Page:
Spring is blooming belatedly in New England this year. After a series of false starts, the warmth of the sun in the longer daylight hours is a cause of celebration. Yet counting the daffodils sprouting in my yard fills me with despondence. With the reawakening of nature, my mind wanders to thoughts of loss. These feelings have only heightened with age. However, I am not alone. Many poets have used the imagery of spring to express their discontent. One standout is Philip Larkin’s “The Trees”, in which the English poet delves into the inherent pessimism of the season.
Larkin begins “The Trees” with an unassuming observation: “The trees are coming into leaf/Like something almost being said.” The trees are almost trying to speak to Larkin. In the next line, he reveals his interpretation, “The recent buds relax and spread,/Their greenness is a kind of grief.” These trees are not joyously celebrating new life. They welcome the fresh buds with grief. These new buds are not the symbol of rebirth. Instead, the leaves are another year of growth.
In the second stanza, the mourning for the passage of time becomes more apparent. “Is it that they are born again/And we grow old? No, they die too,/Their yearly trick of looking new/Is written down in rings of grain.” The trunks and branches of the trees survived the winter but these are new buds blossoming. The leaves Larkin observed in springs of the past, withered from the trees in autumn. It is a mere illusion of rejuvenation. The rings inside tell the truth. These trees are aging just as humans do.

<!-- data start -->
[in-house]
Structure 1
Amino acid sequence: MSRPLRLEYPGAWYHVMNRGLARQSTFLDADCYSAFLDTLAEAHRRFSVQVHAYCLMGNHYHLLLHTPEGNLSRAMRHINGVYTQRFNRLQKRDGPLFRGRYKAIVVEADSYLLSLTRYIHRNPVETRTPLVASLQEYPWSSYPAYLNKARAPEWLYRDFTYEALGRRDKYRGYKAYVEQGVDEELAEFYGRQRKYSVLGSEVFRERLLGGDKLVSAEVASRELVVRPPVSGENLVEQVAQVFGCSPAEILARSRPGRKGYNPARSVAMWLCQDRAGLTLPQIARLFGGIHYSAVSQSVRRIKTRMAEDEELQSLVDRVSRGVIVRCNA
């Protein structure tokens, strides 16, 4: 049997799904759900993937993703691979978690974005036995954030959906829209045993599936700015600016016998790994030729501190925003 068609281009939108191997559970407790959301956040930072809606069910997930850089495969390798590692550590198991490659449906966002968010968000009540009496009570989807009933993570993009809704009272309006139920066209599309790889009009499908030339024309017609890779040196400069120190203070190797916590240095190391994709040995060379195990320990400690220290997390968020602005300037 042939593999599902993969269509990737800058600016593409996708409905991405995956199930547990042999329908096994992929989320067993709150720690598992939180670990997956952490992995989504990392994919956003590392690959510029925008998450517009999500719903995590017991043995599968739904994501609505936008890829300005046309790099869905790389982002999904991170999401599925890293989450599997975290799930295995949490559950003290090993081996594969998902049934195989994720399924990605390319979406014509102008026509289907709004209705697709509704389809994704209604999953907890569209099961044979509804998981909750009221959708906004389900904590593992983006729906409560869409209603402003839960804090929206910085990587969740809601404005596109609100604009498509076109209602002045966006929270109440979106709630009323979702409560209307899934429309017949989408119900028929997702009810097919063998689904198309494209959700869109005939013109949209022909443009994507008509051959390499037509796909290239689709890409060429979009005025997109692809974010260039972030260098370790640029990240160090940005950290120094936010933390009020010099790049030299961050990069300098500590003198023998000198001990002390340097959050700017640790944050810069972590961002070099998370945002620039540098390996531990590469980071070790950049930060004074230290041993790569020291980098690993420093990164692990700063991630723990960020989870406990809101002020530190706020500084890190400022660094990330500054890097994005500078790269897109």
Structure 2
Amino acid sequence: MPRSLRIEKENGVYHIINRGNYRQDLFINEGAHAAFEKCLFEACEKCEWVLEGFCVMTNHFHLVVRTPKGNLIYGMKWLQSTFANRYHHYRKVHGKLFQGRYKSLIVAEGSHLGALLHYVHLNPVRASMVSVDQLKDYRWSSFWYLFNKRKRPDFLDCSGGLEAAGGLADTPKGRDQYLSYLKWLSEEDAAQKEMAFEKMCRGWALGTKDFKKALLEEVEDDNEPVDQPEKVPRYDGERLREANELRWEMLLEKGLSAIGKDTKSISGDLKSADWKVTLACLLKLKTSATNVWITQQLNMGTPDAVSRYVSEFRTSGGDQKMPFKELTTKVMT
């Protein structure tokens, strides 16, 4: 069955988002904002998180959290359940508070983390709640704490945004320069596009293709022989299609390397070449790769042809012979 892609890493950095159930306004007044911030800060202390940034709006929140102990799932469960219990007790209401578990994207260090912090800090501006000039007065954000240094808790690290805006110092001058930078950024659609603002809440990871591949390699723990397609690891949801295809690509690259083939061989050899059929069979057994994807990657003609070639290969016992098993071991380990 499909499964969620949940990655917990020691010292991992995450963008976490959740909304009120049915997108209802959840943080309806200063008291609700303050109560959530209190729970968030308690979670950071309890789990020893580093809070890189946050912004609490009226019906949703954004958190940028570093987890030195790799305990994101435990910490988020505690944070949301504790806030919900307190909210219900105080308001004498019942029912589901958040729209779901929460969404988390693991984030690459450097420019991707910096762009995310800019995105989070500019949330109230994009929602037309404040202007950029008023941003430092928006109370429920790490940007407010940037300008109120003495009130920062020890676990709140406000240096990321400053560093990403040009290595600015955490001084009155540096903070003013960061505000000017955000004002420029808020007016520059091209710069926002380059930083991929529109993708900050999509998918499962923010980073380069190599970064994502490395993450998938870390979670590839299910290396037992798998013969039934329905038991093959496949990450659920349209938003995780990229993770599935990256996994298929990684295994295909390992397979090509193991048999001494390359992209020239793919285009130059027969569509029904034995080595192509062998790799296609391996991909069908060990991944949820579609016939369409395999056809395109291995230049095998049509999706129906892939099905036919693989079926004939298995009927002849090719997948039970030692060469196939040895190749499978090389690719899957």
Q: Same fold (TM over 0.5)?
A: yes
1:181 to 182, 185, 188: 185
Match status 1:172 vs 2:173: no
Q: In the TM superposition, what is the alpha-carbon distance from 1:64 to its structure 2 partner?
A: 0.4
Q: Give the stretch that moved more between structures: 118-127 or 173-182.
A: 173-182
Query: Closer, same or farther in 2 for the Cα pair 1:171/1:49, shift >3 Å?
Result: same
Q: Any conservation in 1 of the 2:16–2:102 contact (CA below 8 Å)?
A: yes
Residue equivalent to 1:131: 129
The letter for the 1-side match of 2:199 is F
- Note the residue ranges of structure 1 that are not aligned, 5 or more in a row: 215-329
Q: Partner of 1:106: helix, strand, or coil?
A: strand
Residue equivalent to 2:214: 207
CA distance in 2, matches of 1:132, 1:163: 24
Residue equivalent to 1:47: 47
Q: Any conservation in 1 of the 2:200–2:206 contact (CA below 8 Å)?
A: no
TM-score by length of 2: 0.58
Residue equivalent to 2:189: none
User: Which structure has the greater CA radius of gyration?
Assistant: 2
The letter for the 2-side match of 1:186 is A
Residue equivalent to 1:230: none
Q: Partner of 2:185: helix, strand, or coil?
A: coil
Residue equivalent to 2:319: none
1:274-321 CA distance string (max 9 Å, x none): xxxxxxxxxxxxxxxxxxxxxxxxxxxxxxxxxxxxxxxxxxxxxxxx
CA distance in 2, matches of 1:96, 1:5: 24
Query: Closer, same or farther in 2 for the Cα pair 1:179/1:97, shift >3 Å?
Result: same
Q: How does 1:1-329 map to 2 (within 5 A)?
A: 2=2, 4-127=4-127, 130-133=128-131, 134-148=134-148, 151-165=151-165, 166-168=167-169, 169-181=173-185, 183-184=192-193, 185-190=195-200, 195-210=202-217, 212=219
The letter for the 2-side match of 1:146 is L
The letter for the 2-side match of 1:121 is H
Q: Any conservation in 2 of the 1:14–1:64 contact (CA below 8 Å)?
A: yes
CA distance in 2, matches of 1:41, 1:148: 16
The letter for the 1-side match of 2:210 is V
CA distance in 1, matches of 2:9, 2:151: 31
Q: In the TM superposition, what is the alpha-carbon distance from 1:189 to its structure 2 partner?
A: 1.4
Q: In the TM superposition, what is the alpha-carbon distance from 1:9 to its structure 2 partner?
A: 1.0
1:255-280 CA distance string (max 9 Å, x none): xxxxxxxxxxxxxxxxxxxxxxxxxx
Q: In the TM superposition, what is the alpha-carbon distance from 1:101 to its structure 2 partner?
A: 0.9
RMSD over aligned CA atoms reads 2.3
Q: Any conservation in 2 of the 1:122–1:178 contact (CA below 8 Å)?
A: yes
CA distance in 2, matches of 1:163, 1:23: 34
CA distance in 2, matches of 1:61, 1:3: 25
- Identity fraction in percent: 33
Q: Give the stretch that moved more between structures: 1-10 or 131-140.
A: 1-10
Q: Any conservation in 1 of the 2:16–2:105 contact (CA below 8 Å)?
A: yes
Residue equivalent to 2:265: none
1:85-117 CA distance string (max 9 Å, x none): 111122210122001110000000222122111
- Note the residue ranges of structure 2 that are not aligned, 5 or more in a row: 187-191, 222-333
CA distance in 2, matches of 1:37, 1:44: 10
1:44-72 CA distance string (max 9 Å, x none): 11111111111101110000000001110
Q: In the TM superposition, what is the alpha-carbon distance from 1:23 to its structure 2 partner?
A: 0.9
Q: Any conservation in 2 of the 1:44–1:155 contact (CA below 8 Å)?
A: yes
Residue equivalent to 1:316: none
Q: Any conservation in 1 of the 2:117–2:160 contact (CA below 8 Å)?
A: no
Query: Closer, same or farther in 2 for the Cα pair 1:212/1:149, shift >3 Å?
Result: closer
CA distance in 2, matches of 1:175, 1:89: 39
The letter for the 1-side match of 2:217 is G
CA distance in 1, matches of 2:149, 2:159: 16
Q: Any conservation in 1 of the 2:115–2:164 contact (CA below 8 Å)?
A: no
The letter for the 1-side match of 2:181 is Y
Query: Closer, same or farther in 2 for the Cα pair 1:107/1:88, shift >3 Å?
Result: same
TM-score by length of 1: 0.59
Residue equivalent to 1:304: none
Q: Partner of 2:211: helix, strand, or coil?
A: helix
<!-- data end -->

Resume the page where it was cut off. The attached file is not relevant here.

However, in the final stanza, Larkin writes, “Yet still the unresting castles thresh/In fullgrown thickness every May./Last year is dead, they seem to say,/Begin afresh, afresh, afresh.” There is cautious optimism in his words. Even as the trees age, they are planted in the present. They no longer live in the past. Even if they will die one day, they must live today.
Commonly framed as the season of burgeoning new life, spring is, conversely, a season of endings. Even as we delight in the blossoming of flowers or the chirps of hatchlings, there is the ever-present knowledge that those are merely the most recent blooms and birds. The sprouts we nurtured and admired last spring have aged or faded. Nothing is truly “afresh, afresh, afresh,” instead it is only our yearning to believe that such renewal exists. The fountain of youth, even illusionary, is a mere myth for humanity.
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Katelyn Varley writes poetry and prose. When not engaging in wordplay, she teaches swimming to all ages. She graduated from Hampshire College in Amherst, MA with a degree in History. She lives in Ayer, MA with her partner, two dogs, and a cat. Find her on Twitter @HistKB.